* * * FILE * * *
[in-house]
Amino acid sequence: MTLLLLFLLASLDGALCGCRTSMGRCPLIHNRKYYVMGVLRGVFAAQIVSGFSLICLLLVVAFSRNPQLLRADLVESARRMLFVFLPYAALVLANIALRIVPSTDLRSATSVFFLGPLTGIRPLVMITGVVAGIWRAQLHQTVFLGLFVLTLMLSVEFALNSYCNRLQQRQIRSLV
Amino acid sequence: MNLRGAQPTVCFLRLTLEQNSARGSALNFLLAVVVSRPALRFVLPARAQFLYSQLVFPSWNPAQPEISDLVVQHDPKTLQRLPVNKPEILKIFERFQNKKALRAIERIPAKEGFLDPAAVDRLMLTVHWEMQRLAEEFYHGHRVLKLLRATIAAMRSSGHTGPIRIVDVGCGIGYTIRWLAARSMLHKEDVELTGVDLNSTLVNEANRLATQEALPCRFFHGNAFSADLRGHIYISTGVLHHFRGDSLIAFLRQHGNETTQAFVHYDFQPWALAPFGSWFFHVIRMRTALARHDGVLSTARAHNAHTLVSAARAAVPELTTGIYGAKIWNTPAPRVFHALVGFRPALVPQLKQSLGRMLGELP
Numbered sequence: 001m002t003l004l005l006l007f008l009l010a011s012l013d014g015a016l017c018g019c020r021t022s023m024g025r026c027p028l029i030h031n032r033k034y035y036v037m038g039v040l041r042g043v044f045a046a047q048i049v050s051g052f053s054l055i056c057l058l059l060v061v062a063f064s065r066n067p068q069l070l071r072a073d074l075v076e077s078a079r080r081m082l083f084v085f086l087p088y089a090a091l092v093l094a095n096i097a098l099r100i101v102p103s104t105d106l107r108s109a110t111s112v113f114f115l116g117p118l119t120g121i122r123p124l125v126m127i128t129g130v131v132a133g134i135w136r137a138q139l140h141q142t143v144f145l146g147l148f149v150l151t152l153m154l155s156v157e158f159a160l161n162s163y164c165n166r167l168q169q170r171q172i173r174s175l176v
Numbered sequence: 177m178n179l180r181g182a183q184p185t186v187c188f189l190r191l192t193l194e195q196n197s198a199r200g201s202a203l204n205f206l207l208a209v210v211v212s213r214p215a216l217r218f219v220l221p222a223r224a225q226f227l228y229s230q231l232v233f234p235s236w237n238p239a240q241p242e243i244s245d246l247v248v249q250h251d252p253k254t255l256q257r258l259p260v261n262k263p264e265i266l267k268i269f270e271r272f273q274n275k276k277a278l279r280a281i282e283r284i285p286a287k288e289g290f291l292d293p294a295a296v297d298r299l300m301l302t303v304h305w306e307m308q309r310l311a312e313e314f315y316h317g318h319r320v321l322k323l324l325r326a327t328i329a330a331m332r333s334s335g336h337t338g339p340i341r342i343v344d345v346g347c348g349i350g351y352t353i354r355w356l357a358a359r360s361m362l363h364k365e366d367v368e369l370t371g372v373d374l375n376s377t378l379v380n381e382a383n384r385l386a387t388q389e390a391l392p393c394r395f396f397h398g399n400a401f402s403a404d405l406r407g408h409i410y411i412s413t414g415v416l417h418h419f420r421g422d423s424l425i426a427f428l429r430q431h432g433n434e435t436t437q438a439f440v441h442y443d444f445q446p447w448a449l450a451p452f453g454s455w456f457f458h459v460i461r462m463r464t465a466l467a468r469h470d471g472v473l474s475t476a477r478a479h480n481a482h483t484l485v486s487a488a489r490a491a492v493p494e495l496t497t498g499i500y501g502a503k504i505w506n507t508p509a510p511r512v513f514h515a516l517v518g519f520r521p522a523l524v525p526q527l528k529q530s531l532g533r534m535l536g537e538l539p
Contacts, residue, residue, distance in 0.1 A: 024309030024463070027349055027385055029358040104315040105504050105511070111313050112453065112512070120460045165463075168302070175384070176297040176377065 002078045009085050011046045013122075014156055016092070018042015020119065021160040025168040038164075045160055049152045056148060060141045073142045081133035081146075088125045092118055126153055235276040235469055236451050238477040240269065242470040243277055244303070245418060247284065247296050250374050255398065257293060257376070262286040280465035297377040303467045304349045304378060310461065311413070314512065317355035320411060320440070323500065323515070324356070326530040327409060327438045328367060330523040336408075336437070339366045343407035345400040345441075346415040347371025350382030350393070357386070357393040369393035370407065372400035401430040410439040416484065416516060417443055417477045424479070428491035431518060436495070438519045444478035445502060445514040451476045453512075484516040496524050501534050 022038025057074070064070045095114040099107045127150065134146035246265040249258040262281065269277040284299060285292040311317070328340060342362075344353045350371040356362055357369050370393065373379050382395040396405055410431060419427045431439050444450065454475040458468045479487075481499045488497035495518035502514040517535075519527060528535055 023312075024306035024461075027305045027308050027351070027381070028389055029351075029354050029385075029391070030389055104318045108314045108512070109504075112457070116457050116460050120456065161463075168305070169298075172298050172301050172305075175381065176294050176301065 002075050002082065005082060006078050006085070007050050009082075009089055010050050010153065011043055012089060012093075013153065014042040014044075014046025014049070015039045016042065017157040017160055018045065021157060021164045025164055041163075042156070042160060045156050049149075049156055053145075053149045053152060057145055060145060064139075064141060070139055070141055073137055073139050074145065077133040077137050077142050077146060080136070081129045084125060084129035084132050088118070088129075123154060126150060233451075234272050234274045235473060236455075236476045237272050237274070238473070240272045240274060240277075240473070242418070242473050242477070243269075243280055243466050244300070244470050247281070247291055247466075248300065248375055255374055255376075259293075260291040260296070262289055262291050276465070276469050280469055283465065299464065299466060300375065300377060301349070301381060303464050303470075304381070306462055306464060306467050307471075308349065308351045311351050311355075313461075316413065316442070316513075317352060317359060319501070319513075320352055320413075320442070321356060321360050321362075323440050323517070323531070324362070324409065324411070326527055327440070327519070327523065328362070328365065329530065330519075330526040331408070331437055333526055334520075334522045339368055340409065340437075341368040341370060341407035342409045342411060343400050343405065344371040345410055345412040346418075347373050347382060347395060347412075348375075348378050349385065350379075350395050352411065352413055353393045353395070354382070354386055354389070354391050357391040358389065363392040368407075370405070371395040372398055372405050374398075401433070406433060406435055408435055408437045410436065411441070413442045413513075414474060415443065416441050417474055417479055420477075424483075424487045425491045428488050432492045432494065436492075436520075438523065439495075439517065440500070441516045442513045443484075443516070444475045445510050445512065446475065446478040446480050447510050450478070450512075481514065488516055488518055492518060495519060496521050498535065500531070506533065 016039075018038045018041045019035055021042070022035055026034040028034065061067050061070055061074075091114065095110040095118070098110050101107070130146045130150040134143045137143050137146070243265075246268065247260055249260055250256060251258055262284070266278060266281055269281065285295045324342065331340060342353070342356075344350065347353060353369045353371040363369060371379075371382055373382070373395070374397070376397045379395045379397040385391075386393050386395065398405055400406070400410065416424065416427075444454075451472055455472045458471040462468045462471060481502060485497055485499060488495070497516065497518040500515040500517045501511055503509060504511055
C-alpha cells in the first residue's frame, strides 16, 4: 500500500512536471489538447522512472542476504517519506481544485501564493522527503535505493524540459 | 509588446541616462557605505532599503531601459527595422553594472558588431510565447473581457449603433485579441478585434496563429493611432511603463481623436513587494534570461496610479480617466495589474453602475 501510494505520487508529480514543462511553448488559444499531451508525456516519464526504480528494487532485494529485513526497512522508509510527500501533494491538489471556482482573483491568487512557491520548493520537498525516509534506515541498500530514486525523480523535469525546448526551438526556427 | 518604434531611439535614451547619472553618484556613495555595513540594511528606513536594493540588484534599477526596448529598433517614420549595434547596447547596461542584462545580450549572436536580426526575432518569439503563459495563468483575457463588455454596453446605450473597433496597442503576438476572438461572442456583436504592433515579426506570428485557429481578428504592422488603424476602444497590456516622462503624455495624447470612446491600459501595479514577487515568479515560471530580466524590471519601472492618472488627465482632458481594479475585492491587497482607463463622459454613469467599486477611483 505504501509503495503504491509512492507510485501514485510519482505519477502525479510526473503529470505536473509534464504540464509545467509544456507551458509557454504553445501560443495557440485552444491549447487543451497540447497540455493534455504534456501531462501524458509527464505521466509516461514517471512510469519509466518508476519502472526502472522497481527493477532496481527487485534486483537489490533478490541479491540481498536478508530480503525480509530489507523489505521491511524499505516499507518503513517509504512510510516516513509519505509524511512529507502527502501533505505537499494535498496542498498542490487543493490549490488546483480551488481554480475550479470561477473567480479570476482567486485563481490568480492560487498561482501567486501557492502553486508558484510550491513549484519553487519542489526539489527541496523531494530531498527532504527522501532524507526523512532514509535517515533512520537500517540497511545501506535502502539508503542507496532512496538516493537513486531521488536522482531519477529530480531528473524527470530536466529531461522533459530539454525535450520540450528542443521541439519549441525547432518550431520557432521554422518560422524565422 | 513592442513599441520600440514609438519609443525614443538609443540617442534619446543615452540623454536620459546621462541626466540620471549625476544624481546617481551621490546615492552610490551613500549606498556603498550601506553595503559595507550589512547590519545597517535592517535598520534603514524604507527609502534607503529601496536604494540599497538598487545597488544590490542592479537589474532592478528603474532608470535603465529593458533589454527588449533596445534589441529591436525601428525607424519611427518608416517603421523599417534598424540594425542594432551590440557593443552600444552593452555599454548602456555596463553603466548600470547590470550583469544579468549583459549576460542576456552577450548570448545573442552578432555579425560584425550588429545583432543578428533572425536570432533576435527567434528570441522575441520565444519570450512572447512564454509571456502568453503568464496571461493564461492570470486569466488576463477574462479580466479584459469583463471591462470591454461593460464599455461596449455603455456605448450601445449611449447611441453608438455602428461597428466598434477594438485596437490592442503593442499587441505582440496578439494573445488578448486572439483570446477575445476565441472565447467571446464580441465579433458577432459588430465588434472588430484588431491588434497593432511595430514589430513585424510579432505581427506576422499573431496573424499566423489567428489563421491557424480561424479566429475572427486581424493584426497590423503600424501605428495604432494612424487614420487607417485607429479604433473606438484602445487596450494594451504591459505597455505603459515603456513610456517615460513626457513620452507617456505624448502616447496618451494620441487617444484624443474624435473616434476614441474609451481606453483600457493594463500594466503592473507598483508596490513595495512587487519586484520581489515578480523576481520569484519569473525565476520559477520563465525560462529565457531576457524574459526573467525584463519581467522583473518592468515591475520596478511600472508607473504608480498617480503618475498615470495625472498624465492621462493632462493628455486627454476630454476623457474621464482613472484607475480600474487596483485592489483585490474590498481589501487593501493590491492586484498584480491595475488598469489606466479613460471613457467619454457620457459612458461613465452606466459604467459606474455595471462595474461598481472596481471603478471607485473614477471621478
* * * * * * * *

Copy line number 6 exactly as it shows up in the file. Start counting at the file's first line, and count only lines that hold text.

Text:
Contacts, residue, residue, distance in 0.1 A: 024309030024463070027349055027385055029358040104315040105504050105511070111313050112453065112512070120460045165463075168302070175384070176297040176377065 002078045009085050011046045013122075014156055016092070018042015020119065021160040025168040038164075045160055049152045056148060060141045073142045081133035081146075088125045092118055126153055235276040235469055236451050238477040240269065242470040243277055244303070245418060247284065247296050250374050255398065257293060257376070262286040280465035297377040303467045304349045304378060310461065311413070314512065317355035320411060320440070323500065323515070324356070326530040327409060327438045328367060330523040336408075336437070339366045343407035345400040345441075346415040347371025350382030350393070357386070357393040369393035370407065372400035401430040410439040416484065416516060417443055417477045424479070428491035431518060436495070438519045444478035445502060445514040451476045453512075484516040496524050501534050 022038025057074070064070045095114040099107045127150065134146035246265040249258040262281065269277040284299060285292040311317070328340060342362075344353045350371040356362055357369050370393065373379050382395040396405055410431060419427045431439050444450065454475040458468045479487075481499045488497035495518035502514040517535075519527060528535055 023312075024306035024461075027305045027308050027351070027381070028389055029351075029354050029385075029391070030389055104318045108314045108512070109504075112457070116457050116460050120456065161463075168305070169298075172298050172301050172305075175381065176294050176301065 002075050002082065005082060006078050006085070007050050009082075009089055010050050010153065011043055012089060012093075013153065014042040014044075014046025014049070015039045016042065017157040017160055018045065021157060021164045025164055041163075042156070042160060045156050049149075049156055053145075053149045053152060057145055060145060064139075064141060070139055070141055073137055073139050074145065077133040077137050077142050077146060080136070081129045084125060084129035084132050088118070088129075123154060126150060233451075234272050234274045235473060236455075236476045237272050237274070238473070240272045240274060240277075240473070242418070242473050242477070243269075243280055243466050244300070244470050247281070247291055247466075248300065248375055255374055255376075259293075260291040260296070262289055262291050276465070276469050280469055283465065299464065299466060300375065300377060301349070301381060303464050303470075304381070306462055306464060306467050307471075308349065308351045311351050311355075313461075316413065316442070316513075317352060317359060319501070319513075320352055320413075320442070321356060321360050321362075323440050323517070323531070324362070324409065324411070326527055327440070327519070327523065328362070328365065329530065330519075330526040331408070331437055333526055334520075334522045339368055340409065340437075341368040341370060341407035342409045342411060343400050343405065344371040345410055345412040346418075347373050347382060347395060347412075348375075348378050349385065350379075350395050352411065352413055353393045353395070354382070354386055354389070354391050357391040358389065363392040368407075370405070371395040372398055372405050374398075401433070406433060406435055408435055408437045410436065411441070413442045413513075414474060415443065416441050417474055417479055420477075424483075424487045425491045428488050432492045432494065436492075436520075438523065439495075439517065440500070441516045442513045443484075443516070444475045445510050445512065446475065446478040446480050447510050450478070450512075481514065488516055488518055492518060495519060496521050498535065500531070506533065 016039075018038045018041045019035055021042070022035055026034040028034065061067050061070055061074075091114065095110040095118070098110050101107070130146045130150040134143045137143050137146070243265075246268065247260055249260055250256060251258055262284070266278060266281055269281065285295045324342065331340060342353070342356075344350065347353060353369045353371040363369060371379075371382055373382070373395070374397070376397045379395045379397040385391075386393050386395065398405055400406070400410065416424065416427075444454075451472055455472045458471040462468045462471060481502060485497055485499060488495070497516065497518040500515040500517045501511055503509060504511055